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Trump’s JCPOA withdrawal ‘one of the dumbest, most dangerous’ foreign policy decisions: US senator

US Senator Chris Murphy says former US President Donald Trump’s withdrawal from the multilateral Iran agreement will go down as one of the dumbest, most dangerous foreign policy decisions of the last fifty years.

Murphy made the comment in a tweet on Sunday, invoking a graph illustrating the rapid growth of Iran’s enriched uranium stockpile in the aftermath of the US withdrawal.

“Trump’s withdrawal from the JCPOA … will go down as one of the dumbest, most dangerous foreign policy decisions of the last fifty years,” he wrote, using the official acronym of the 2015 deal, that is, the Joint Comprehensive Plan of Action.

Murphy, a Democratic senator from Connecticut, has been a vocal critic of Trump’s withdrawal from the JCPOA and his sanctions on Iran. He has urged US President Joe Biden to reverse his predecessor’s Iran policy and rejoin the nuclear pact.

Trump unilaterally withdrew the US from the JCPOA in 2018 and unleashed the “toughest ever” economic sanctions against Iran.

Iran initially refused to take reciprocal actions as stipulated under the JCPOA, giving diplomacy a chance, but after an entire year of strategic patience, it finally began to advance its nuclear program beyond the limits set by the deal.

Talks have been underway for almost ten months under Biden, who had vowed to undo Trump’s Iran policy and re-enter the nuclear agreement.

In the course of the negotiations, held in Vienna, the Islamic Republic has maintained that the removal of US sanctions must happen in practice and that it seeks guarantees that the US will not leave the deal again.

In a recent interview, Iran’s Foreign Minister Hossein Amir-Abdollahian stated, “We demand guarantees that include not imposing any new sanctions, and not reimposing sanctions after removing them under any pretext.”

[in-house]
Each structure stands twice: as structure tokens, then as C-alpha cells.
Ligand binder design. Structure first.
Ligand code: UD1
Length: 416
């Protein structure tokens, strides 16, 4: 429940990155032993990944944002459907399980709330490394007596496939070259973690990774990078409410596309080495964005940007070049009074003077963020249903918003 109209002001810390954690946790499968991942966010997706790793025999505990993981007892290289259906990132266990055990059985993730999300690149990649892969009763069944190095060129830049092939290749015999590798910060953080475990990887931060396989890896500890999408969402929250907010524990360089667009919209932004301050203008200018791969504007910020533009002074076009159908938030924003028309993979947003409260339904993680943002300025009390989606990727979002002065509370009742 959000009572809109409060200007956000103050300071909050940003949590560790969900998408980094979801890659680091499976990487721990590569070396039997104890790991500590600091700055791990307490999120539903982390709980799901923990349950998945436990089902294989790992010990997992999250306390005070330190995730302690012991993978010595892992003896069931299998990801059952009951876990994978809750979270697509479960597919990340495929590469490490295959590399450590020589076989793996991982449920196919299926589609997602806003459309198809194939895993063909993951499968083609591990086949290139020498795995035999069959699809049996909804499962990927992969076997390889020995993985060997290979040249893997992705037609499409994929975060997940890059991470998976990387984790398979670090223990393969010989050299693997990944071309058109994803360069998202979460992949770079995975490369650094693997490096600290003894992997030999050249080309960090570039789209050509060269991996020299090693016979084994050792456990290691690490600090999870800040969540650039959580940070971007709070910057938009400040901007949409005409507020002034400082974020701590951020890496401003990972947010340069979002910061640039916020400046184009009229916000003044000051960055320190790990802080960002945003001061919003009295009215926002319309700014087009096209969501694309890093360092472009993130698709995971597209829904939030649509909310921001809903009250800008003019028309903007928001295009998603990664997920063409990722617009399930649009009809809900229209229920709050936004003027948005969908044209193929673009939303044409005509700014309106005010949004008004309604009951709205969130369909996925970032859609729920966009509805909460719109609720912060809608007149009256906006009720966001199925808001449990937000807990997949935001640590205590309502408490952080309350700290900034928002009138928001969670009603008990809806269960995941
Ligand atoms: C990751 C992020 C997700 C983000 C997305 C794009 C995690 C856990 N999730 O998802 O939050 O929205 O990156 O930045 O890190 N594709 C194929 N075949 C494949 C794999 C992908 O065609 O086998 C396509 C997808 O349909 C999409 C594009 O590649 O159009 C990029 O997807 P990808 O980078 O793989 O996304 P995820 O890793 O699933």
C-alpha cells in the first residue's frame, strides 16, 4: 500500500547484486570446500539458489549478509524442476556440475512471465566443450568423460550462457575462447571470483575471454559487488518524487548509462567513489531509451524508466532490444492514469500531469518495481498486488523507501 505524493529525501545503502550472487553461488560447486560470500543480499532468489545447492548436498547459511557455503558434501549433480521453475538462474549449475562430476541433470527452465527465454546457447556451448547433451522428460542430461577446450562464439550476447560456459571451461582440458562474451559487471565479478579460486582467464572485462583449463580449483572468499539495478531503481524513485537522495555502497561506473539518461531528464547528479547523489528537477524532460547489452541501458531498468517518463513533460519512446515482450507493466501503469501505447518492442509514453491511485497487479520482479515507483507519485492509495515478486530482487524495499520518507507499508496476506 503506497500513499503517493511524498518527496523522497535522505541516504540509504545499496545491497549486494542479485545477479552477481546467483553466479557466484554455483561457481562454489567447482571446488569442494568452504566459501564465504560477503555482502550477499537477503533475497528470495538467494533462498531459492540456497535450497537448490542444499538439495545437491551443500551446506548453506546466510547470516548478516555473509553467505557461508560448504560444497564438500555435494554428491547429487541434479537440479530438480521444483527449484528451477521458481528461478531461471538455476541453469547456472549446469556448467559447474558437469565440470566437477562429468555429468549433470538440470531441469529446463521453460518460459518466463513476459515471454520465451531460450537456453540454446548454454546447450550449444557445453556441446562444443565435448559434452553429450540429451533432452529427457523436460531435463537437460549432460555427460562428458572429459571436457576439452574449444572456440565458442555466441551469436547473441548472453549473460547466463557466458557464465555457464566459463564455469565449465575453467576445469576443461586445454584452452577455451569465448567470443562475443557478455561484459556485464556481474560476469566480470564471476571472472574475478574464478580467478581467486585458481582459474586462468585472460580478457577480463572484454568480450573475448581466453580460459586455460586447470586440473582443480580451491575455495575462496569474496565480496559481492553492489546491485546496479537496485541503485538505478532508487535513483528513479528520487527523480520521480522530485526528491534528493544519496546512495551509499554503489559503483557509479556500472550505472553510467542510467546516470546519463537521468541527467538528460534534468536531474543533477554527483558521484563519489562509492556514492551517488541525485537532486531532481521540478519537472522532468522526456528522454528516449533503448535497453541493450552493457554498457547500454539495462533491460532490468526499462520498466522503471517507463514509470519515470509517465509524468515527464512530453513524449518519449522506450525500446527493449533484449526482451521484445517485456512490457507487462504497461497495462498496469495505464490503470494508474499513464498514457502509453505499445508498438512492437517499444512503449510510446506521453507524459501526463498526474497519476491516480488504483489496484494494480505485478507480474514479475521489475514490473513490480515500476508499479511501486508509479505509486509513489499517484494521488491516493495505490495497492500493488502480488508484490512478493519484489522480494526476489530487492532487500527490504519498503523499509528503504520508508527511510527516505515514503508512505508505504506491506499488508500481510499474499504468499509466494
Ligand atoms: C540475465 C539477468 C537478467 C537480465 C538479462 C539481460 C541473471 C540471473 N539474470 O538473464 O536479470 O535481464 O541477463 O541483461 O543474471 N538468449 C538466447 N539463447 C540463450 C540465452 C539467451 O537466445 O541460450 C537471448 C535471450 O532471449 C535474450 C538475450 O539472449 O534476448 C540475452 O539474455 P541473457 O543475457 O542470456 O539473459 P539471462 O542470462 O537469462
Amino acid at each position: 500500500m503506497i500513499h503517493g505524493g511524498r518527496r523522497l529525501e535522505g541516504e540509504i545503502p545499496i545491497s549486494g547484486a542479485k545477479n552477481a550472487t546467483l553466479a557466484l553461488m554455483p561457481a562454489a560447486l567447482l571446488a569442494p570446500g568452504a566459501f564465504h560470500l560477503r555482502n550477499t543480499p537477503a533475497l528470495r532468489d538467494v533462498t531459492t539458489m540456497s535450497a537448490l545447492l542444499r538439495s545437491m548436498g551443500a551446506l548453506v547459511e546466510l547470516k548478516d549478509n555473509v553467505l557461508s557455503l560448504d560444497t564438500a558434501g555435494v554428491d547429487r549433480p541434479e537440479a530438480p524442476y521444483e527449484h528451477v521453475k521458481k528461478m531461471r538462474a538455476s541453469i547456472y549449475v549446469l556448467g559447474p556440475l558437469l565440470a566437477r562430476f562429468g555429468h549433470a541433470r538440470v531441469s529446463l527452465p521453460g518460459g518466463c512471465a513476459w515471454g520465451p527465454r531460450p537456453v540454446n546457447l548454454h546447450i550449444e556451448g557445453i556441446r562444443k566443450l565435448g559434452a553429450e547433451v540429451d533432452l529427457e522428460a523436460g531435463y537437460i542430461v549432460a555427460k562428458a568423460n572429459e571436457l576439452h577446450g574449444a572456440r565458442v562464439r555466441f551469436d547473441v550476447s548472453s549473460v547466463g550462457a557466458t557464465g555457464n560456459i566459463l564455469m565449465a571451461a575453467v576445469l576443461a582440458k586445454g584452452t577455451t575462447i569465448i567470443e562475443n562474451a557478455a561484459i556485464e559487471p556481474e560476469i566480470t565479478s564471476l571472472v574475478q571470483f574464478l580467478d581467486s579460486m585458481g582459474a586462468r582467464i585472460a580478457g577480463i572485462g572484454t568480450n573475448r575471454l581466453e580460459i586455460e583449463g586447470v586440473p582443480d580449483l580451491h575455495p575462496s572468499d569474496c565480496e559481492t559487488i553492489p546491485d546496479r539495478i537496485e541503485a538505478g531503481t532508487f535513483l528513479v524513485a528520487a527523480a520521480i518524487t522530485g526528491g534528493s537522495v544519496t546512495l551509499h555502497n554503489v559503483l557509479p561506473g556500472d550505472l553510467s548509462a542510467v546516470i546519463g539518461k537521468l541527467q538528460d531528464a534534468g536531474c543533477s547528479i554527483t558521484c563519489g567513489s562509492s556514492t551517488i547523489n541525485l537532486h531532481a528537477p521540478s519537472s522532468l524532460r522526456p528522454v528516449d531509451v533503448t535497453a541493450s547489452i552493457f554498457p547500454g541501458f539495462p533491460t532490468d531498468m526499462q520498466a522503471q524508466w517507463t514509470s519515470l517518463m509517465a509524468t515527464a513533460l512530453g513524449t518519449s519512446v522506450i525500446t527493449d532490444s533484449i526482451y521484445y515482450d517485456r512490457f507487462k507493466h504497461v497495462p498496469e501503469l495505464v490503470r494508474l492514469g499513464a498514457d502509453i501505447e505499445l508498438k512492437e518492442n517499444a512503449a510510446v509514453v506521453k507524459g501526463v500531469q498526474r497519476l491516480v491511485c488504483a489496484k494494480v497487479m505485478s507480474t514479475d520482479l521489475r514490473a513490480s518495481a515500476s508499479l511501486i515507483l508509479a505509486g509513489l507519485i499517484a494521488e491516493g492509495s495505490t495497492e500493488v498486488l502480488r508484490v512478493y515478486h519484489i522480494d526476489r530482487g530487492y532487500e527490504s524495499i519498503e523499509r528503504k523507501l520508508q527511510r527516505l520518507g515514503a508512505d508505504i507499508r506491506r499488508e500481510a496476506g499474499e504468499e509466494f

US team in disarray?

In a report on Saturday, NBC News said that the US negotiating team in Vienna has recently changed, with one key member, Richard Nephew, leaving to return to a different role at the State Department.

Citing two people familiar with the matter, NBC reported that Nephew and US Special Representative for Iran Robert Malley, who leads the US team, had a disagreement over the direction of the talks.

A State Department official said in a statement, “Richard Nephew made important contributions to the team, where he served for nearly a year. He remains with the Department of State.”

Biden appointed Nephew, the infamous architect of sanctions against Iran under Barack Obama, as his deputy special envoy for Iran early last year. At the time, his appointment was widely criticized in the Iranian press.

The US has warned recently that there were “only a few weeks left” to save the 2015 deal, threatening Iran with “other options” – which alludes to a possible military action – if an agreement is not reached in Vienna.

Last Monday, Iranian Foreign Ministry spokesman Saeed Khatibzadeh said the US better focus on its Plan A rather than threatening Iran with a Plan B.

Iran has not allowed the US to attend the Vienna negotiations due to its withdrawal from the JCPOA. As a result, the other participants are conducting shuffle diplomacy between the two sides.

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